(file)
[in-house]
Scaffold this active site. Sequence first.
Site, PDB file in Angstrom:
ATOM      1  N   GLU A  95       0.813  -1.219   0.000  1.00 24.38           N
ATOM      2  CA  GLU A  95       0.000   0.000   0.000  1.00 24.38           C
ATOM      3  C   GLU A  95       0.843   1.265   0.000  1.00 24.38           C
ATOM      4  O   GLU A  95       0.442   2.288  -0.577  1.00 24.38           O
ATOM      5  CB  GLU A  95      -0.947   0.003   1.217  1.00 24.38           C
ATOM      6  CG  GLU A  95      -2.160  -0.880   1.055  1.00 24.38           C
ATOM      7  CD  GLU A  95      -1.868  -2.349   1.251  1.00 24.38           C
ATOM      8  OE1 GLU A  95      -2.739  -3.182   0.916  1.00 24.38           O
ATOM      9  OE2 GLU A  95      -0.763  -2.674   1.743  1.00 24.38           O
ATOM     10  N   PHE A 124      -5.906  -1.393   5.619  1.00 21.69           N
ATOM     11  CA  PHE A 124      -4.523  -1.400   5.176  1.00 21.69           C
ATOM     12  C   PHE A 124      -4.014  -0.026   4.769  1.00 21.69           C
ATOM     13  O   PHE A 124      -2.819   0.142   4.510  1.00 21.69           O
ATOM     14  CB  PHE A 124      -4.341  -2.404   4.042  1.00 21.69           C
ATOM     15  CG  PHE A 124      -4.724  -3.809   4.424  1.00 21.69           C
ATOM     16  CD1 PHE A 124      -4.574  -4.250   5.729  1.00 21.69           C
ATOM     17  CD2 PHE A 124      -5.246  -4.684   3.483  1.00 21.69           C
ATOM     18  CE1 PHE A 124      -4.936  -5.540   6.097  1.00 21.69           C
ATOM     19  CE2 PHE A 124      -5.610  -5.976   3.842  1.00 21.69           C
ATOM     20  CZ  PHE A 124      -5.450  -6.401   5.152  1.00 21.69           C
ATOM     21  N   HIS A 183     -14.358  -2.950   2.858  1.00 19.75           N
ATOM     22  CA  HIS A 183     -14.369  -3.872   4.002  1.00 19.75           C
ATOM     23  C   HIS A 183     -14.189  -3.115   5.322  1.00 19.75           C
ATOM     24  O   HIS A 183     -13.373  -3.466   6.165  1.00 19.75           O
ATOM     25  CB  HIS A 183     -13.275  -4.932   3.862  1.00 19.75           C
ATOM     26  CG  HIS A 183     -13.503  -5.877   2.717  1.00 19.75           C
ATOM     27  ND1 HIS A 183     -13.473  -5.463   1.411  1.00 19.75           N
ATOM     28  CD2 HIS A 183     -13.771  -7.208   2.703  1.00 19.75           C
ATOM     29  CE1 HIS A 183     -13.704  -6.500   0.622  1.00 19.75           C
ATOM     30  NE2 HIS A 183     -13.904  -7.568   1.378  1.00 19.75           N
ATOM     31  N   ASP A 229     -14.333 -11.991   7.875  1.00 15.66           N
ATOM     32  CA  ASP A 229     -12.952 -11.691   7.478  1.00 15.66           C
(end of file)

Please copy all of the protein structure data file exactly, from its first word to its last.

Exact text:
[in-house]
Scaffold this active site. Sequence first.
Site, PDB file in Angstrom:
ATOM      1  N   GLU A  95       0.813  -1.219   0.000  1.00 24.38           N
ATOM      2  CA  GLU A  95       0.000   0.000   0.000  1.00 24.38           C
ATOM      3  C   GLU A  95       0.843   1.265   0.000  1.00 24.38           C
ATOM      4  O   GLU A  95       0.442   2.288  -0.577  1.00 24.38           O
ATOM      5  CB  GLU A  95      -0.947   0.003   1.217  1.00 24.38           C
ATOM      6  CG  GLU A  95      -2.160  -0.880   1.055  1.00 24.38           C
ATOM      7  CD  GLU A  95      -1.868  -2.349   1.251  1.00 24.38           C
ATOM      8  OE1 GLU A  95      -2.739  -3.182   0.916  1.00 24.38           O
ATOM      9  OE2 GLU A  95      -0.763  -2.674   1.743  1.00 24.38           O
ATOM     10  N   PHE A 124      -5.906  -1.393   5.619  1.00 21.69           N
ATOM     11  CA  PHE A 124      -4.523  -1.400   5.176  1.00 21.69           C
ATOM     12  C   PHE A 124      -4.014  -0.026   4.769  1.00 21.69           C
ATOM     13  O   PHE A 124      -2.819   0.142   4.510  1.00 21.69           O
ATOM     14  CB  PHE A 124      -4.341  -2.404   4.042  1.00 21.69           C
ATOM     15  CG  PHE A 124      -4.724  -3.809   4.424  1.00 21.69           C
ATOM     16  CD1 PHE A 124      -4.574  -4.250   5.729  1.00 21.69           C
ATOM     17  CD2 PHE A 124      -5.246  -4.684   3.483  1.00 21.69           C
ATOM     18  CE1 PHE A 124      -4.936  -5.540   6.097  1.00 21.69           C
ATOM     19  CE2 PHE A 124      -5.610  -5.976   3.842  1.00 21.69           C
ATOM     20  CZ  PHE A 124      -5.450  -6.401   5.152  1.00 21.69           C
ATOM     21  N   HIS A 183     -14.358  -2.950   2.858  1.00 19.75           N
ATOM     22  CA  HIS A 183     -14.369  -3.872   4.002  1.00 19.75           C
ATOM     23  C   HIS A 183     -14.189  -3.115   5.322  1.00 19.75           C
ATOM     24  O   HIS A 183     -13.373  -3.466   6.165  1.00 19.75           O
ATOM     25  CB  HIS A 183     -13.275  -4.932   3.862  1.00 19.75           C
ATOM     26  CG  HIS A 183     -13.503  -5.877   2.717  1.00 19.75           C
ATOM     27  ND1 HIS A 183     -13.473  -5.463   1.411  1.00 19.75           N
ATOM     28  CD2 HIS A 183     -13.771  -7.208   2.703  1.00 19.75           C
ATOM     29  CE1 HIS A 183     -13.704  -6.500   0.622  1.00 19.75           C
ATOM     30  NE2 HIS A 183     -13.904  -7.568   1.378  1.00 19.75           N
ATOM     31  N   ASP A 229     -14.333 -11.991   7.875  1.00 15.66           N
ATOM     32  CA  ASP A 229     -12.952 -11.691   7.478  1.00 15.66           C